“The whole is greater than the sum of the parts” is an old adage, but it could be one of the most important keys to a healthy, meaningful life. People yearn to be a part of something. When we are a part of something, we feel whole. When we see how things connect and relate to form a whole, they make sense and resonate: they come alive.
In 1973 I arrived at Camp Swig, a Reform Jewish summer camp in Big Basin, California as a shy 15 year old kid from Hawai`i. My parents were New York Jewish intellectuals who moved to Hawai`i when I was a baby. They wanted nothing more than to get away from the New York part of their identities, and were fairly unconcerned with the Jewish part as well. So to say I didn’t have much Jewish background would be an understatement.
But Camp Swig hit me like a revelation. There was something magical about it. I could feel it especially on Friday afternoons when we sang together in a big circle under the redwoods; everyone cleaned up and dressed in white. I loved the sound of the Hebrew songs. I loved discussing and earnestly arguing about God, social justice, and identity. I loved the artistic creativity and do-it-yourself ethic seen when campers painted the water tower or dug our own gaga pit into the ground instead of just turning over some benches. I loved the camp friendships. The fact that we were all thrown together in an intense, highly interactive social environment, away from the cliques and in-groups of home made it easy to talk, easy to interact (or at least easier for this shy kid to meet girls). That magical mixture of camp life changed me, as it has for many Jewish teens — it made me finally feel whole. When I graduated high school and got too old for summer camp, I found that I needed to go in search for whatever it was I had experienced there.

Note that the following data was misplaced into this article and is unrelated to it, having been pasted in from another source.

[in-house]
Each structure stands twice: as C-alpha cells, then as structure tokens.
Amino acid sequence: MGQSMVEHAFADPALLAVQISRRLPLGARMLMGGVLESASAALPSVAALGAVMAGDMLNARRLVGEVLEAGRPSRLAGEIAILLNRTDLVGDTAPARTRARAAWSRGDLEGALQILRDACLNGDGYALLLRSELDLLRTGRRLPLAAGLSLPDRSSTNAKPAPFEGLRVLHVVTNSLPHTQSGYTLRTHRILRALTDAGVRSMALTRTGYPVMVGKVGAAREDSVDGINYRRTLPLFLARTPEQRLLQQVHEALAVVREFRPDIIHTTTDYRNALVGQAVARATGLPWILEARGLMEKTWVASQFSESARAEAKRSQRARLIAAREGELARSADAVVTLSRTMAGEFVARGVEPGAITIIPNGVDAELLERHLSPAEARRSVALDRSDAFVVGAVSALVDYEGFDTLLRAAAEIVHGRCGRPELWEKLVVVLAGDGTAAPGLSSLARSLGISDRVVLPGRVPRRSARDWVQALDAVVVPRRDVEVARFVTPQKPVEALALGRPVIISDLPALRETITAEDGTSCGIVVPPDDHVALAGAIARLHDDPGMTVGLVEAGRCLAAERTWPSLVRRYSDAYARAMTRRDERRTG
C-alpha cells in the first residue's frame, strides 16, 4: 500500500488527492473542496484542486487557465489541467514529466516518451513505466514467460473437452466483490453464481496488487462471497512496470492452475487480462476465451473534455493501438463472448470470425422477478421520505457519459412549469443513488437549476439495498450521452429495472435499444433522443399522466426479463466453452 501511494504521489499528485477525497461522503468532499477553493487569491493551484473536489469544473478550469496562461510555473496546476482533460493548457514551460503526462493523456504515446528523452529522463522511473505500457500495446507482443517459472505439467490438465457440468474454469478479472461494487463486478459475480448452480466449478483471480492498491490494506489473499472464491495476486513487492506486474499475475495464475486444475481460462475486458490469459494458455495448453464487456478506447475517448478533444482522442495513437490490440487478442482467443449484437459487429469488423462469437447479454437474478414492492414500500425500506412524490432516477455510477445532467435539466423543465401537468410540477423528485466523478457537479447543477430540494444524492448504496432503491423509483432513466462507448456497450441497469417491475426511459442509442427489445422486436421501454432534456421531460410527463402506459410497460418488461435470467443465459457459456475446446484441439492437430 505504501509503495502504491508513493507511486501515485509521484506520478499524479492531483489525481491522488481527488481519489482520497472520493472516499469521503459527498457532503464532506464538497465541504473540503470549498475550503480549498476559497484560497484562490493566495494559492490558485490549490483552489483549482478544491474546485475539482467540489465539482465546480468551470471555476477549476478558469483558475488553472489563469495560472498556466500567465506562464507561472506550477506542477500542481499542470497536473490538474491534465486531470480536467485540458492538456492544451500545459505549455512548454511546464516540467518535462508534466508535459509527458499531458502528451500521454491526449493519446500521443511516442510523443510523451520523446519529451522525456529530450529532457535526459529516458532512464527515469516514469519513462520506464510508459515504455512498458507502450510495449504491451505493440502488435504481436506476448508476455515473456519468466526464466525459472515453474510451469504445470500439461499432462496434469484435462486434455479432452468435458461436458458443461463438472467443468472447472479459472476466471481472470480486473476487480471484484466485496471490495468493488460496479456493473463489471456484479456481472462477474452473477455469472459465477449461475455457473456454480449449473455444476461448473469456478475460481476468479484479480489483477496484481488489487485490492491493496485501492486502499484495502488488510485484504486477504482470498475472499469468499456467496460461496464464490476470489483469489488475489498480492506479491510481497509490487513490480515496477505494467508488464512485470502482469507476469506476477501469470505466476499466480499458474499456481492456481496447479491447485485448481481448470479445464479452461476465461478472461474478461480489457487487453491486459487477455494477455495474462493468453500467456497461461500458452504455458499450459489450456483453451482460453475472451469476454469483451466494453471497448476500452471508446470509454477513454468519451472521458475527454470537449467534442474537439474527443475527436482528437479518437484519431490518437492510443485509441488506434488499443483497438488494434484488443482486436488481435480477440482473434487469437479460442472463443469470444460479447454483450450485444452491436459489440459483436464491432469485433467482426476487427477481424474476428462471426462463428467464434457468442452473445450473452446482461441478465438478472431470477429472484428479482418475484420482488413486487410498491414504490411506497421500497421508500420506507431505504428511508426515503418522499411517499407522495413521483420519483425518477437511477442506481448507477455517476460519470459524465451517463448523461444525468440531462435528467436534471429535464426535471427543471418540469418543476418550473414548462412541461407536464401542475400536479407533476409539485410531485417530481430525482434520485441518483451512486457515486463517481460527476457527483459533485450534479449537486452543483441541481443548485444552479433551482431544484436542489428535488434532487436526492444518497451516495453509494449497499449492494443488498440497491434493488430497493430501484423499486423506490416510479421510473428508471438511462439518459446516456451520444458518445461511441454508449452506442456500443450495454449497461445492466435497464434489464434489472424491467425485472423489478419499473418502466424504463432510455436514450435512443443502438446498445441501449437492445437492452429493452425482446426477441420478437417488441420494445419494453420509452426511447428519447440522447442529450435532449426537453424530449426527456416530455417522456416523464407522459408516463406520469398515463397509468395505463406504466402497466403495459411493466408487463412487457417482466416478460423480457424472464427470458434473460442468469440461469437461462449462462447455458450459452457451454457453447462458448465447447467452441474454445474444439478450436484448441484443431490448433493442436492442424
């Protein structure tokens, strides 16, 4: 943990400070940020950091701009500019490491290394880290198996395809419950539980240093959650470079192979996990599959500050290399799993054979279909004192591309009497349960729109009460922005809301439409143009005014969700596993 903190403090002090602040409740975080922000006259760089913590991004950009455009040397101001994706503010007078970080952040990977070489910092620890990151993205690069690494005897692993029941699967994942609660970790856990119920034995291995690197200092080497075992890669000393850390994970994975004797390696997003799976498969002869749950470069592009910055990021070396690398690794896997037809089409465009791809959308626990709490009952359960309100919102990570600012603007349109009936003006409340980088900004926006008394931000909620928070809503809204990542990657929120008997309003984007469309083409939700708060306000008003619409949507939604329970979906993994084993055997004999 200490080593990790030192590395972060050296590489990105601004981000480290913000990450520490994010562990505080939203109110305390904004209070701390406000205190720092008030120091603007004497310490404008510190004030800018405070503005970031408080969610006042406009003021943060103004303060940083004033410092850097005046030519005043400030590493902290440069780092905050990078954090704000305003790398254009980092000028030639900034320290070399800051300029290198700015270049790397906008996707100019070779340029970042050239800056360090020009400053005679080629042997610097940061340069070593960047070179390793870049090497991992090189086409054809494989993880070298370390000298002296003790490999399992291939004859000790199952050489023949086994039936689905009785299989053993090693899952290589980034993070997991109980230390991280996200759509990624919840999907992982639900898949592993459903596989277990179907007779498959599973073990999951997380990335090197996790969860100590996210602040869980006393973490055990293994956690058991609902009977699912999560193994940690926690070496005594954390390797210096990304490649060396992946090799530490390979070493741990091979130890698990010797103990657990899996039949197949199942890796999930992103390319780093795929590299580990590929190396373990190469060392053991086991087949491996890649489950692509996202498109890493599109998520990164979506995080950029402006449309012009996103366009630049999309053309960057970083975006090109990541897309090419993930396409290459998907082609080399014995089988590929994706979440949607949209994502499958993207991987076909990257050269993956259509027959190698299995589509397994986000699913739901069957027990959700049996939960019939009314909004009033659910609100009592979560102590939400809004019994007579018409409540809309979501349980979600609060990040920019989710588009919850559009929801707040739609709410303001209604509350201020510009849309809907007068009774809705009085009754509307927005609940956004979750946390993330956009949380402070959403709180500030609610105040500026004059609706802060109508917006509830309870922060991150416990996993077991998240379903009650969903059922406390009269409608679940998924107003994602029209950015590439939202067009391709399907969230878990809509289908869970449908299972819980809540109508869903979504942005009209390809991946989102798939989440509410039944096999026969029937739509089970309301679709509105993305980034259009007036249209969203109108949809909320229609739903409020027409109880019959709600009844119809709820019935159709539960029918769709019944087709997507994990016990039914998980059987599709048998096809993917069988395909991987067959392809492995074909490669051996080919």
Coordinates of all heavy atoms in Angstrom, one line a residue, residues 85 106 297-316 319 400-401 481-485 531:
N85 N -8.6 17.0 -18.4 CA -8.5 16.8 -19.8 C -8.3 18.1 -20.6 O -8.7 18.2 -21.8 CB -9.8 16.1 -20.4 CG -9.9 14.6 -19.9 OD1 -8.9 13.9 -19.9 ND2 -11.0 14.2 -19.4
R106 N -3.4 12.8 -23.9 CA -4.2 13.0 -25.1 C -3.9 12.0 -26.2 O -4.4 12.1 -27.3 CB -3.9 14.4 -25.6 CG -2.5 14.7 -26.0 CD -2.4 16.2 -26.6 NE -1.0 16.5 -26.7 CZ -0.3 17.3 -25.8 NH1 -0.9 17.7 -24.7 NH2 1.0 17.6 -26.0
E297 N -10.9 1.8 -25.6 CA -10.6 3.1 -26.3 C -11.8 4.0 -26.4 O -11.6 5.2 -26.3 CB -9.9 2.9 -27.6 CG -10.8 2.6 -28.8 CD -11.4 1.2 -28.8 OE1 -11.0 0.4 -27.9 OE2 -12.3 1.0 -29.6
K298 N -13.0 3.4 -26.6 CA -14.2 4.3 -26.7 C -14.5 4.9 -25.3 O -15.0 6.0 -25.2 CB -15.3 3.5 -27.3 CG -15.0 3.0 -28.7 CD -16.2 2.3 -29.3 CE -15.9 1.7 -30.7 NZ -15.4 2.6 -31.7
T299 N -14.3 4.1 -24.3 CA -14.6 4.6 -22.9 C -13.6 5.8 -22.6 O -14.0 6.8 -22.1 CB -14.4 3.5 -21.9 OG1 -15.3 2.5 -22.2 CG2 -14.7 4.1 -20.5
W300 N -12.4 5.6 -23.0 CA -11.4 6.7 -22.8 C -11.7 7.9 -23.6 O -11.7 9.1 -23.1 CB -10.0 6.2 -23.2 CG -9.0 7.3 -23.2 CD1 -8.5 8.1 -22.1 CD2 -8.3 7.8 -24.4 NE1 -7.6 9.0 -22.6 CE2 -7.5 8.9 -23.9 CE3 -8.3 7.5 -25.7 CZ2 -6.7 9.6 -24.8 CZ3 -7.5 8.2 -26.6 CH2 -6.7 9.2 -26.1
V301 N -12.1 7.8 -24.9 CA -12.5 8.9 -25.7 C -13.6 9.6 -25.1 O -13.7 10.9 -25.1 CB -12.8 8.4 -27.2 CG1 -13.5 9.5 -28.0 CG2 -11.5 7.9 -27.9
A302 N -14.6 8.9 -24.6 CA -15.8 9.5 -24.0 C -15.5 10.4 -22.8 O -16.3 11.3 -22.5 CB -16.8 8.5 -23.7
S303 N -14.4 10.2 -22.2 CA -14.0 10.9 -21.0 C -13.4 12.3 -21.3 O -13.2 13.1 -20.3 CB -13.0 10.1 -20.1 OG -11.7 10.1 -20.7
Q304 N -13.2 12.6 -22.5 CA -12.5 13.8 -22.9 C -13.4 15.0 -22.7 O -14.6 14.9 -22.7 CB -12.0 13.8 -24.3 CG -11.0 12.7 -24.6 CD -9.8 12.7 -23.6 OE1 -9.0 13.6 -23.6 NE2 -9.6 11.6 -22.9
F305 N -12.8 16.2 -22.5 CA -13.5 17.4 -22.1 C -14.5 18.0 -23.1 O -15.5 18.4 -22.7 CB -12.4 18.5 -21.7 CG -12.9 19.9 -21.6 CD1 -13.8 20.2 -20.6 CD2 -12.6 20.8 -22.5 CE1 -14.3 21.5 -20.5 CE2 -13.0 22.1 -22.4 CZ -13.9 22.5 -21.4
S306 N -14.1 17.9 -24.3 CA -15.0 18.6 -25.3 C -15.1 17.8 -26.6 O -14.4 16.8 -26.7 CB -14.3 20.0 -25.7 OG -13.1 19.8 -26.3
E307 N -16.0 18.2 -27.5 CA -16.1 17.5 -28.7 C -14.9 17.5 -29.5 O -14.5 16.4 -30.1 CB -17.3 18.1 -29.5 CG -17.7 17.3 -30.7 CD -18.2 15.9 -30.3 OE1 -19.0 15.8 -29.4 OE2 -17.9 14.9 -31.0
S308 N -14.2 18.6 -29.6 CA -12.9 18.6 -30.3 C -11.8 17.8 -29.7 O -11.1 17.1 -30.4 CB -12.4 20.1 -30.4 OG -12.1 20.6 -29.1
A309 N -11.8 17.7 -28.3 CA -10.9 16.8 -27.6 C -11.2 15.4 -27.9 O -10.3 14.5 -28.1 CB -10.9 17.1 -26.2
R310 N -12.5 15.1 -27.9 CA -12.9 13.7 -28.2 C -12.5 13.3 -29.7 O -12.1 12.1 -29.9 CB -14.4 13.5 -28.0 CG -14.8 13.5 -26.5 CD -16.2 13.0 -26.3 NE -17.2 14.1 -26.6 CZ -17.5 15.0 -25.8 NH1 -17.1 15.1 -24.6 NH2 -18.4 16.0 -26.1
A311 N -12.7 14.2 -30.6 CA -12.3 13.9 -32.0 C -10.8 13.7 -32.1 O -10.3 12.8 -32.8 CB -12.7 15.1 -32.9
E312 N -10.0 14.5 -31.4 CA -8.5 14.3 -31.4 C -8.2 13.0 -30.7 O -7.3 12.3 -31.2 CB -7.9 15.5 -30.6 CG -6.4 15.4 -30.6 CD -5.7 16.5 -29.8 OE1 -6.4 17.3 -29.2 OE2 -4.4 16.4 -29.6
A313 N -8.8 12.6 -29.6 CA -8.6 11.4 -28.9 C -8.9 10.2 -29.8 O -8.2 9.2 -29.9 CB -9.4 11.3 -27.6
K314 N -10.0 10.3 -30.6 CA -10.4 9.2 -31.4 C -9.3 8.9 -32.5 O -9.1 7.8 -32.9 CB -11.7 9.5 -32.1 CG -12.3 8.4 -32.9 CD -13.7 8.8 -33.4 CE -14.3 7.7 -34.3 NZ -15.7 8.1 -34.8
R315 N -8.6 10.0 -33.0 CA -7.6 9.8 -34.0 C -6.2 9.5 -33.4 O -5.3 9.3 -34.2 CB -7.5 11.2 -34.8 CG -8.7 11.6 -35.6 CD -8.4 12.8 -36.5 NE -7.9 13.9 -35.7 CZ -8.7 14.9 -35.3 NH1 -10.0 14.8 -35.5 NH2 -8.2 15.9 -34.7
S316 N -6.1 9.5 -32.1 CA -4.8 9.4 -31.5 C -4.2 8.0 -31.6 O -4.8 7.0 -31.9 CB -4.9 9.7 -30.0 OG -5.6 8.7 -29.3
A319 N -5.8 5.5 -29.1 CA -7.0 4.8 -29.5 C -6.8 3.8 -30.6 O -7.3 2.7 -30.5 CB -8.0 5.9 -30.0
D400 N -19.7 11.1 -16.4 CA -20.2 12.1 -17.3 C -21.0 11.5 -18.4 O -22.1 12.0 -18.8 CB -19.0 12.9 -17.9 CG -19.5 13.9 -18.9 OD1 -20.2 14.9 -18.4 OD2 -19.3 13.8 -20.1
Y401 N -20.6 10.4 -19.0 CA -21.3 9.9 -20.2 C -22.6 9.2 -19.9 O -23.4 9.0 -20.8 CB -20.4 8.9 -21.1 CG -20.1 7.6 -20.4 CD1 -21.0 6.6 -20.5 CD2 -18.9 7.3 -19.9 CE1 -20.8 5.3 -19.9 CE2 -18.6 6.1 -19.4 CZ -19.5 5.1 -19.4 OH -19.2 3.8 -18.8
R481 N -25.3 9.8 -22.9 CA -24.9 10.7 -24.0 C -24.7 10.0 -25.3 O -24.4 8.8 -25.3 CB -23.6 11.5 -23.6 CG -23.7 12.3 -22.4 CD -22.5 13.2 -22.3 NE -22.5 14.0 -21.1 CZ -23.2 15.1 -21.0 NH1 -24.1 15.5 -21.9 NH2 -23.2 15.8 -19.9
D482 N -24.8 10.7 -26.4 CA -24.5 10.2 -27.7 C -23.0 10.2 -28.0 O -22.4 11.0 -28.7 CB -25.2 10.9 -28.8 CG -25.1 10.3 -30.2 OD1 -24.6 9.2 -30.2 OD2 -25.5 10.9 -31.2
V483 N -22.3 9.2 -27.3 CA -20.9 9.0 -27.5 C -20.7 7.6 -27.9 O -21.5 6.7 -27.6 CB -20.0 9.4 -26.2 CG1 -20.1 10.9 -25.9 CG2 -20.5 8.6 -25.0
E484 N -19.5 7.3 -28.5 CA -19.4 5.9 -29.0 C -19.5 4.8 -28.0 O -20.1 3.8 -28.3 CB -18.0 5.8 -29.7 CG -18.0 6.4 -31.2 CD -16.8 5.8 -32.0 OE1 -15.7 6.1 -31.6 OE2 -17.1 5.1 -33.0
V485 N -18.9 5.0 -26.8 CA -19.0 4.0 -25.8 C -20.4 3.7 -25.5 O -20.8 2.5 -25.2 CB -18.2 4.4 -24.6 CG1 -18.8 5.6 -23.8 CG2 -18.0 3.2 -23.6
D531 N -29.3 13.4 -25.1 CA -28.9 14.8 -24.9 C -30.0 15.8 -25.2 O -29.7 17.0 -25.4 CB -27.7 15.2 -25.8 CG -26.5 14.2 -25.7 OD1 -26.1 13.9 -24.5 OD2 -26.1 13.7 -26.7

It wasn’t a straight path, but the next time I deeply felt that wholeness was in my early 20s, when I was involved in the Orthodox Judaism of Jerusalem; especially on Shabbat. Shabbat in the Orthodox world wasn’t the same as at Camp Swig — there was no swaying with a pretty girl on each arm singing Hebrew songs — but it came to epitomize for me much of what attracted me to Orthodoxy. On Shabbat, I felt I was entering into something that gently held me for 25 hours, transforming my experience of time and self. I especially loved the Shabbat meals. They were almost always with a group of friends, maybe with a family or two. There wasn’t anything wrong with small talk, catching up, and joking around, but it was also perfectly normal for someone at the table to open up a book of commentaries on the weekly Torah portion and read a little, offer some of his or her own thoughts on it and start a discussion.
After a good discussion, we sang. The singing of Shabbat songs (z’mirot in Hebrew) is true folk music in the sense that tunes are composed, learned, and passed on from person to person. Sometimes we’d lose ourselves in the singing and it would go on for hours.
Put together with good food, and a little rest (sometimes I’d take a short nap right in the middle of the meal, lying down on a couch and catching a few Z’s before returning to the table) the Shabbat meals of my Orthodox days were usually very restorative and often richly satisfying experiences. Deep friendships were created, personal journeys were navigated, and I really did understand why Ahad HaAm had famously said, “It is not that the Jewish people kept Shabbat, but Shabbat has kept the Jewish people.”
What was the commonality between the Camp Swig experience and my Orthodox Shabbatot in Jerusalem? Both had the same magic — it’s the magic that happens when people come together long enough, or intentionally enough, to let down their guards; to share something of themselves; to enter into a circle (literally or metaphorically) and focus on something larger than themselves.